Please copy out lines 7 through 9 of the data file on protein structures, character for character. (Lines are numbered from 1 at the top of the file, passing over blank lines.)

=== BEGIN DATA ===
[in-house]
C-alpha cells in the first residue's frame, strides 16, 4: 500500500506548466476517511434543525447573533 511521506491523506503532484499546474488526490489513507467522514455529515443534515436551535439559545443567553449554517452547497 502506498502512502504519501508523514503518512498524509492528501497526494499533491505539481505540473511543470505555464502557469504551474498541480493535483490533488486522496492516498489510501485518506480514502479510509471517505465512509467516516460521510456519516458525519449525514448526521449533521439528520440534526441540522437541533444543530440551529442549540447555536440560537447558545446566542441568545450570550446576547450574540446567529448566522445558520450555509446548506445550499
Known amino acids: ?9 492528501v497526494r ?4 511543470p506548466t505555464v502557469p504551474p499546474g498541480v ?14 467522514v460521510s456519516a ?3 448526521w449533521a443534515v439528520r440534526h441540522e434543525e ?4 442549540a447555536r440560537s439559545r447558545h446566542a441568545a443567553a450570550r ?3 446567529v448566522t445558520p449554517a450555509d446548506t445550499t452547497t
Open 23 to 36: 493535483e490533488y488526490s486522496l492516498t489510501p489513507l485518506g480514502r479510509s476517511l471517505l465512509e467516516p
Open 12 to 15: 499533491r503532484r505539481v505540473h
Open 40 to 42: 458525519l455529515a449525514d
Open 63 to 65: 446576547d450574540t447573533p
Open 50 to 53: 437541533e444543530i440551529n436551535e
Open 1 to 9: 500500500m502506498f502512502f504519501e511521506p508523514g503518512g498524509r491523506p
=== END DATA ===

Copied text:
Open 63 to 65: 446576547d450574540t447573533p
Open 50 to 53: 437541533e444543530i440551529n436551535e
Open 1 to 9: 500500500m502506498f502512502f504519501e511521506p508523514g503518512g498524509r491523506p